Russian economy grew 2.3% in 2018, beating expectations
Russia’s economy grew 2.3% last year, growing faster than the government and IMF predicted, state statistics released on Monday showed.
Russia’s growth rate accelerated by 1.6% in 2017 and exceeded the Economy Ministry forecast by 1.8% as well as the International Monetary Fund forecast by 1.7%.
The country’s economy only returned to growth in 2017 after two years of recession in 2015 and 2016.
Russian statistics agency Rosstat said GDP last year was 103.6 trillion rubles (1.38 trillion euros), with growth in sectors such as hotels and restaurants boosted by hosting the World Cup.
The Economy Ministry had initially forecast growth of 2.1% before revising it to 1.8%, taking into account the impact of US sanctions on the ruble.
Strong growth in the construction sector of 5.3 percent was one of the factors that pushed the figures for the year higher than expected.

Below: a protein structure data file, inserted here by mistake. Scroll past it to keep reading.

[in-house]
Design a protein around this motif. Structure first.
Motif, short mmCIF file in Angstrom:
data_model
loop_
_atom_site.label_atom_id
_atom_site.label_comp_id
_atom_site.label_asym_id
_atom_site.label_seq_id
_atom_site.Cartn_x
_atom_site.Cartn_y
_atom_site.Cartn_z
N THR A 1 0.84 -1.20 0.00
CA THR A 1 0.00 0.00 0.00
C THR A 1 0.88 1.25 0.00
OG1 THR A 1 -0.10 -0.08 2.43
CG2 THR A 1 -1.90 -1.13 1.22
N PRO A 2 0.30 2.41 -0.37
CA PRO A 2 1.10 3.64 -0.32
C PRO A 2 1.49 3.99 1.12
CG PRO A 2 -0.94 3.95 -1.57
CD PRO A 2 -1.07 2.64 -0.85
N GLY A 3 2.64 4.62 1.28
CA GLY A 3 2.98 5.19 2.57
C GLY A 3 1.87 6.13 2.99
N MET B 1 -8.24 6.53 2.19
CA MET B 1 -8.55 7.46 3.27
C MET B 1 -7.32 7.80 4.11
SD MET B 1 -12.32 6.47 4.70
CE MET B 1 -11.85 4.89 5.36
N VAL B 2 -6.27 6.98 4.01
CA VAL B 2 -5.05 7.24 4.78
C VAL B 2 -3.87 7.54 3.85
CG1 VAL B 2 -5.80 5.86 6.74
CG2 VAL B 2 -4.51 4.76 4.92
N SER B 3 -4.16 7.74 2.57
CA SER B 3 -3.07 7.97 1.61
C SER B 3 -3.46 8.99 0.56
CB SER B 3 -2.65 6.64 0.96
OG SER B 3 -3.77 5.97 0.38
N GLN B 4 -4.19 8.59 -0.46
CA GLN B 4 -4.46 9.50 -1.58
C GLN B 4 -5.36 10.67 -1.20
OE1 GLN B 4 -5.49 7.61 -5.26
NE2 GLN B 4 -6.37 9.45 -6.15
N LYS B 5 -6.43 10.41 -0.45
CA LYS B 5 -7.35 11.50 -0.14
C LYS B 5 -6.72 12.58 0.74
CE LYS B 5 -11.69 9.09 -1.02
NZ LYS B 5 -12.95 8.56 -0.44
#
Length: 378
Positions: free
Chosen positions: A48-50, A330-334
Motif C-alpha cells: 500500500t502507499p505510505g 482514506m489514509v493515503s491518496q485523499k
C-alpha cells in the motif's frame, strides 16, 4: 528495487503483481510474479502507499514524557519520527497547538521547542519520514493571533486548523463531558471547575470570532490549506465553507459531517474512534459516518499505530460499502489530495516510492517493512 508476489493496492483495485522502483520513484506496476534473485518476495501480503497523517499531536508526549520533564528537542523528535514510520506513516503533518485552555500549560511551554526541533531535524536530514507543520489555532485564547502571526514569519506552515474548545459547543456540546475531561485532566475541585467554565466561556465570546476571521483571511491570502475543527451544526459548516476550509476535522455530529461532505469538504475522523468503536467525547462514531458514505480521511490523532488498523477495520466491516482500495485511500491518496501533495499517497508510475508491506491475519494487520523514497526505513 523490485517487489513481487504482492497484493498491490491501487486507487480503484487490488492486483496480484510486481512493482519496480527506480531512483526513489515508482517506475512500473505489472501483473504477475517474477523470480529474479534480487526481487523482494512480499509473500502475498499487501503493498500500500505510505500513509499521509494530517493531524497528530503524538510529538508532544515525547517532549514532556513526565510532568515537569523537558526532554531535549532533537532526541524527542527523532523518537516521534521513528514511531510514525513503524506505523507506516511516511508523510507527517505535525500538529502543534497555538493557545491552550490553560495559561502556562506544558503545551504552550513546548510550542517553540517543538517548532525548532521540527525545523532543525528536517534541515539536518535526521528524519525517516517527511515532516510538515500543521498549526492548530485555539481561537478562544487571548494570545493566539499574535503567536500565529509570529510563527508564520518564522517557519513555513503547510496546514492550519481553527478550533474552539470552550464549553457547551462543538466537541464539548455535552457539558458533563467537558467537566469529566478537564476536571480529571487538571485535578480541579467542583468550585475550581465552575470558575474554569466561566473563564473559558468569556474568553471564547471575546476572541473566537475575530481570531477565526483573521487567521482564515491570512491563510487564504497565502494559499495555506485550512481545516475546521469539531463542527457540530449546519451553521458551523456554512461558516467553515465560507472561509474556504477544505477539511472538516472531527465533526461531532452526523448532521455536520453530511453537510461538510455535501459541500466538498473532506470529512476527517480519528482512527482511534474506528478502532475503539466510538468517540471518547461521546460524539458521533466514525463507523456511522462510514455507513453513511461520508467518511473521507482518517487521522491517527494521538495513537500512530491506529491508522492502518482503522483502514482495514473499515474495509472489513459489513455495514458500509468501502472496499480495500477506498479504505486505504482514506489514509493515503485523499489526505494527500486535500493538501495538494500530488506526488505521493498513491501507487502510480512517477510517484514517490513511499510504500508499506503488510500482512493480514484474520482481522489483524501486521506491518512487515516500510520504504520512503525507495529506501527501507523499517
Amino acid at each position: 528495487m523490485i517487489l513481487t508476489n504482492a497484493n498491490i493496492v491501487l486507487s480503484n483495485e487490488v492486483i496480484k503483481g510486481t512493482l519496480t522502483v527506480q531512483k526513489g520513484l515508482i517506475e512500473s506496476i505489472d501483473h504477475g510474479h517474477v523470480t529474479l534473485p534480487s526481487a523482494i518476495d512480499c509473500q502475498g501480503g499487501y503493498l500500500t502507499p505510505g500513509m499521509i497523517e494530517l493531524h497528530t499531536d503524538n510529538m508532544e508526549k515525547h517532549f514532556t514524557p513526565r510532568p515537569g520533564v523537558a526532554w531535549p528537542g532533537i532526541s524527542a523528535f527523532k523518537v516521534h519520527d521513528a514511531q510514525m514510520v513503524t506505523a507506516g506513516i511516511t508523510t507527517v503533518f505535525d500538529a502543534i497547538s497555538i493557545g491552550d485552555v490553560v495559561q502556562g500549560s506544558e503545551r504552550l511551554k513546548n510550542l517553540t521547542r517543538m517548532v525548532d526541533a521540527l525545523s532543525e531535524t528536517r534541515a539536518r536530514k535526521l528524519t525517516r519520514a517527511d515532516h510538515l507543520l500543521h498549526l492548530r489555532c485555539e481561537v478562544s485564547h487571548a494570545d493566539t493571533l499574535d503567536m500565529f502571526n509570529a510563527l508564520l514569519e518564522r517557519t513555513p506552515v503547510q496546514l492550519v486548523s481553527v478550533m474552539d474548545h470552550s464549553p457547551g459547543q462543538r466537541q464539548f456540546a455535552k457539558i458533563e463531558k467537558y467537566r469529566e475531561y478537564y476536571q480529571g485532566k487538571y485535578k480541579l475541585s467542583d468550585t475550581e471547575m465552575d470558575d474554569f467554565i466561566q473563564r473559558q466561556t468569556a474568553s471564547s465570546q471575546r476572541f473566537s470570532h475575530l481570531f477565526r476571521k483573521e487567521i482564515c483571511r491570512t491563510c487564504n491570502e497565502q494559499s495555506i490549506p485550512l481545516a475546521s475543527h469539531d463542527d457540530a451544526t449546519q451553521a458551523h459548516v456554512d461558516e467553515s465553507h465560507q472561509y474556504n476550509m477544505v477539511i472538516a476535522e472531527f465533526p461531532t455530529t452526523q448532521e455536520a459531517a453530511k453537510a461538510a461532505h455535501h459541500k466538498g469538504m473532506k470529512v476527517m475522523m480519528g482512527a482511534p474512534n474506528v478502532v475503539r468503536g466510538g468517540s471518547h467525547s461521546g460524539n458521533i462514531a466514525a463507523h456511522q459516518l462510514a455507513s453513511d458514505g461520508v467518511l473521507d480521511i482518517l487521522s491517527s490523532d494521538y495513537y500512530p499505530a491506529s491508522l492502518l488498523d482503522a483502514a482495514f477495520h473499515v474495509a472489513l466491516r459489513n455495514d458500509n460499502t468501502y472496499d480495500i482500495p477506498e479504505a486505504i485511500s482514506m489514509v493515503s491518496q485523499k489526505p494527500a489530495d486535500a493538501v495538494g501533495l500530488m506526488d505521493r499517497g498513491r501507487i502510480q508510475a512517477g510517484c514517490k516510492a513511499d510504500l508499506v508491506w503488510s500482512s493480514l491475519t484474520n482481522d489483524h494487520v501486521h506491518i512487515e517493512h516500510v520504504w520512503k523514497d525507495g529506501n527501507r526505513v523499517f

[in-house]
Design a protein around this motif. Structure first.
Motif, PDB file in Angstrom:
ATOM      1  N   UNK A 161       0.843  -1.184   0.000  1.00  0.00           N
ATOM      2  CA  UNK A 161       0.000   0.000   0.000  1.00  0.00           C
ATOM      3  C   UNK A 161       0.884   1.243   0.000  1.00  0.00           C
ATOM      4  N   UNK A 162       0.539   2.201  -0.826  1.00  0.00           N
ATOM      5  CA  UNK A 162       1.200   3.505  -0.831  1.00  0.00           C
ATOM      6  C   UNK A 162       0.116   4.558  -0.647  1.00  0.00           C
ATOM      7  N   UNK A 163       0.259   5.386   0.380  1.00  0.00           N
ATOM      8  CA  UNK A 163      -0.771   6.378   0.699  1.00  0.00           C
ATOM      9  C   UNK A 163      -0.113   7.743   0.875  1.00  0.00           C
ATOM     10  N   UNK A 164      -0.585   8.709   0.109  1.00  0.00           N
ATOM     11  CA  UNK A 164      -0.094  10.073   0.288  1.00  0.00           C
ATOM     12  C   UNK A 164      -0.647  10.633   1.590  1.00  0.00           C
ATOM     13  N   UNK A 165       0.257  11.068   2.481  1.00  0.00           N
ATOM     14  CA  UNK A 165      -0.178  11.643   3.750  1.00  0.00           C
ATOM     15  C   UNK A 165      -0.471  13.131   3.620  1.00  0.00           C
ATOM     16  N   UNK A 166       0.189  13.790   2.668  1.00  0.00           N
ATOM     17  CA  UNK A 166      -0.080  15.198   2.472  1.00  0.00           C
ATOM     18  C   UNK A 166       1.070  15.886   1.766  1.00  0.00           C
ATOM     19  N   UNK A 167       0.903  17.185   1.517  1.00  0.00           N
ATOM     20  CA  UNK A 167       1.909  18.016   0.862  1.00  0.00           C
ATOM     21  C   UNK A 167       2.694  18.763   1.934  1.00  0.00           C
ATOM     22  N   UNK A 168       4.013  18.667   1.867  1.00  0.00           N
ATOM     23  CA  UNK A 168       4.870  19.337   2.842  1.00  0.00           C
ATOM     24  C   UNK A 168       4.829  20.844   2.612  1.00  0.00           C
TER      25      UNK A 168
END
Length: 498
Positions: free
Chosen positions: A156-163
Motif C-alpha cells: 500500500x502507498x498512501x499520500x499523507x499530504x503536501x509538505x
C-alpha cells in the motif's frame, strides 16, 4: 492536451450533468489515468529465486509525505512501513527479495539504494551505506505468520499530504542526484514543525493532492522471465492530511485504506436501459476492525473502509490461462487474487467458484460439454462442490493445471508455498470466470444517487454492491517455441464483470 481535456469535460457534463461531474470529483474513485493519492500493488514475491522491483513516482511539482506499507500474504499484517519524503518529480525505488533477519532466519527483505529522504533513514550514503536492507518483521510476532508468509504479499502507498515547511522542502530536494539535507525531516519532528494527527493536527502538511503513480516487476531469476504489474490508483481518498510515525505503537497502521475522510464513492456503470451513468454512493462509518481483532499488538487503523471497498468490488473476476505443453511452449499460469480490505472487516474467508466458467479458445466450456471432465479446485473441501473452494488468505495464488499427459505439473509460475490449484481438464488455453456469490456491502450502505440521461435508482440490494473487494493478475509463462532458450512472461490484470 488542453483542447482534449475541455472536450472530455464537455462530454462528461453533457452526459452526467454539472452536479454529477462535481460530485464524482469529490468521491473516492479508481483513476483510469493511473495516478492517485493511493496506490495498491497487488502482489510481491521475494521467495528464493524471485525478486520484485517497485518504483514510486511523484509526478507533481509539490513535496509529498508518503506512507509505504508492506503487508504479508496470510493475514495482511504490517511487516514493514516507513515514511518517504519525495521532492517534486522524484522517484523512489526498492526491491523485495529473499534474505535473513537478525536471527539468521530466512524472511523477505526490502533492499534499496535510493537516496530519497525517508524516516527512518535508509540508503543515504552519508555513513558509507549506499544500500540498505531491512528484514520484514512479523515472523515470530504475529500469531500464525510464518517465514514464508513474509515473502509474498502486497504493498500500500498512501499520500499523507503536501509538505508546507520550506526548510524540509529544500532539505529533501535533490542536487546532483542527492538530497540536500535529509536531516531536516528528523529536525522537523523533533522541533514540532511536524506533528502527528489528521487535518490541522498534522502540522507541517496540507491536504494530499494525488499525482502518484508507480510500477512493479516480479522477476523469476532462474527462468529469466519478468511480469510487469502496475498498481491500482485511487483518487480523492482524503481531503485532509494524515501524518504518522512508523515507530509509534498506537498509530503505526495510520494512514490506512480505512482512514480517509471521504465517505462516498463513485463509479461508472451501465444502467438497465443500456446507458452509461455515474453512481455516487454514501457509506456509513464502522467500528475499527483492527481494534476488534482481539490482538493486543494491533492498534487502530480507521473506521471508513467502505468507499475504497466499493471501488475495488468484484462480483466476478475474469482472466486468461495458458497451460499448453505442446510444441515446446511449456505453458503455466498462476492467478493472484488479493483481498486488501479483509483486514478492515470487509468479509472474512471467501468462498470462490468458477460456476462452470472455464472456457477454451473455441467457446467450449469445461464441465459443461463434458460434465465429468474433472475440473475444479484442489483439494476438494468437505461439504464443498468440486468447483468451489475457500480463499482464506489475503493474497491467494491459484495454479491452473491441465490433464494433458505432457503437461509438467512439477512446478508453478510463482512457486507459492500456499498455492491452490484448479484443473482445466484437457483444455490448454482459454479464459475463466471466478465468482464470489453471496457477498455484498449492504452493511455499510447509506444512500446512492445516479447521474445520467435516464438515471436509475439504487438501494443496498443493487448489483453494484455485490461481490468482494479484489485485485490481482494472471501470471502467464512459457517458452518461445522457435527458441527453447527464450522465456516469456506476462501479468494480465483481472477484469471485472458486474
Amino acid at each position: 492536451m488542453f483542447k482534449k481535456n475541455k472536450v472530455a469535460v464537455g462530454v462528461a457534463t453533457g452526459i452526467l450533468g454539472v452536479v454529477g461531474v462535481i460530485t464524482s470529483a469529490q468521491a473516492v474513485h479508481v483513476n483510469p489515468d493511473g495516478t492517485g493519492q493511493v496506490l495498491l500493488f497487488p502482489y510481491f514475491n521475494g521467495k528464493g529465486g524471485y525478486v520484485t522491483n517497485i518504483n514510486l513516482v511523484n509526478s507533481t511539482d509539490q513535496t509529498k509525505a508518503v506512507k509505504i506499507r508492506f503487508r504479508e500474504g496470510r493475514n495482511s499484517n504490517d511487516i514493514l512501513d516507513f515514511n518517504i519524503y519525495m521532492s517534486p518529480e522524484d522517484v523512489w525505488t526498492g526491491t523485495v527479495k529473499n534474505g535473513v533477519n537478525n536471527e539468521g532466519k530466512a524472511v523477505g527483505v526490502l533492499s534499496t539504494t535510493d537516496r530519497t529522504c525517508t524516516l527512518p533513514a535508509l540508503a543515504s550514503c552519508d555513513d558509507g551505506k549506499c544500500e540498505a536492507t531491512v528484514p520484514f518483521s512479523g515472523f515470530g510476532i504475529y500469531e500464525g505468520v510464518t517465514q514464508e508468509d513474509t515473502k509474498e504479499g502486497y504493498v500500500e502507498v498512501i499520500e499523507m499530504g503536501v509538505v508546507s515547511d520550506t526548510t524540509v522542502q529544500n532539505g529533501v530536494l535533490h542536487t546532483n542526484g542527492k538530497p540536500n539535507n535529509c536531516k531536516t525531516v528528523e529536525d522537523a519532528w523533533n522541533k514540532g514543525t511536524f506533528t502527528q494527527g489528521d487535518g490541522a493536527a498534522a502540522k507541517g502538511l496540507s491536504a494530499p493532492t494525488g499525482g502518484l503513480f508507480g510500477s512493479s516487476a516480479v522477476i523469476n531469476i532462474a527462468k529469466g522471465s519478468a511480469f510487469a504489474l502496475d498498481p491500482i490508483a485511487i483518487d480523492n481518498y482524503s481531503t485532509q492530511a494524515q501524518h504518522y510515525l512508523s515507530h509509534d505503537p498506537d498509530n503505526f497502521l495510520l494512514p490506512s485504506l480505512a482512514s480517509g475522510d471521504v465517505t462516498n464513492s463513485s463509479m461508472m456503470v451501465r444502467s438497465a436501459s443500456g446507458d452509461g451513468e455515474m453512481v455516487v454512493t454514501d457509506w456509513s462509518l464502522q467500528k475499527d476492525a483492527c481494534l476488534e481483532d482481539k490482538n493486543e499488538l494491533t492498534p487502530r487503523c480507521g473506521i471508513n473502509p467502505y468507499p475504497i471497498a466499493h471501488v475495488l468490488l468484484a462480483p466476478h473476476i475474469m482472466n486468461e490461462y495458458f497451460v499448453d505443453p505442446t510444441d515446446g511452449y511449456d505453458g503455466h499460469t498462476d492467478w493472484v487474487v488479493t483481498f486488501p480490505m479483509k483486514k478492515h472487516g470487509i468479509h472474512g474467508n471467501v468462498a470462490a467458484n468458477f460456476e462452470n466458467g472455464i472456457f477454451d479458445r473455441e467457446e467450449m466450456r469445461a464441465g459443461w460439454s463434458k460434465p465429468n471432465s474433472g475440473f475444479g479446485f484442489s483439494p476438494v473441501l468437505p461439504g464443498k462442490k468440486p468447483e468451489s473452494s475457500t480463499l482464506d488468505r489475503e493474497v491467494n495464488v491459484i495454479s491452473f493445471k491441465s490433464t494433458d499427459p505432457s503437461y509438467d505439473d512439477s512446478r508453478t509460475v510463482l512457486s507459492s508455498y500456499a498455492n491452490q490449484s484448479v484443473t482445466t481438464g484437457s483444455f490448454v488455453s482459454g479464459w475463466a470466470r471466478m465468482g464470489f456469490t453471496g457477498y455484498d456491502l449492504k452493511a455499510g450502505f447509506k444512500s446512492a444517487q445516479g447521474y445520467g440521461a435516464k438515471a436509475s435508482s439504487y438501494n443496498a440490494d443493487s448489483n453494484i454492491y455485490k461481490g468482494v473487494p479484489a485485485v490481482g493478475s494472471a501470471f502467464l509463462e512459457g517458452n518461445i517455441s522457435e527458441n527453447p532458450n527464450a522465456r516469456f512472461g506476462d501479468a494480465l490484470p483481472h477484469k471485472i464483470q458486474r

This is due to large construction projects such as oil and gas facilities and the new Novatek liquefied natural gas plant in northern Siberia, the economy ministry said.
Figures still well below the economic targets declared by the Kremlin
Novatek is one of the largest producers of natural gas in Russia.
The latest figures show Russia “made significant upward revisions” to its quarterly growth figures for the first half of last year, London-based research group Capital Economics said.
He said the figures suggest that Russia’s growth has already peaked and “will average 2% in 2019 and 1.3% in 2020”.
As Russia has turned the corner after the worst recession under Vladimir Putin’s reign since 2000, the numbers remain well below the economic targets declared by the Kremlin.
Last year, Putin said he wanted his last four-year term as president from 2018 to 2024 to see 4% annual growth.
During his campaign for a fourth term last year, Putin said he wanted to halve the number of people living in poverty and increase GDP per capita by 50% by 2025, which would require annual growth of 4%.
Russia’s central bank has forecast annual growth of between 1.5% and 2% for the period between 2018 and 2020, calling for structural reforms to diversify the economy.
Independent journalism costs money. Support Times of Malta for the price of a coffee.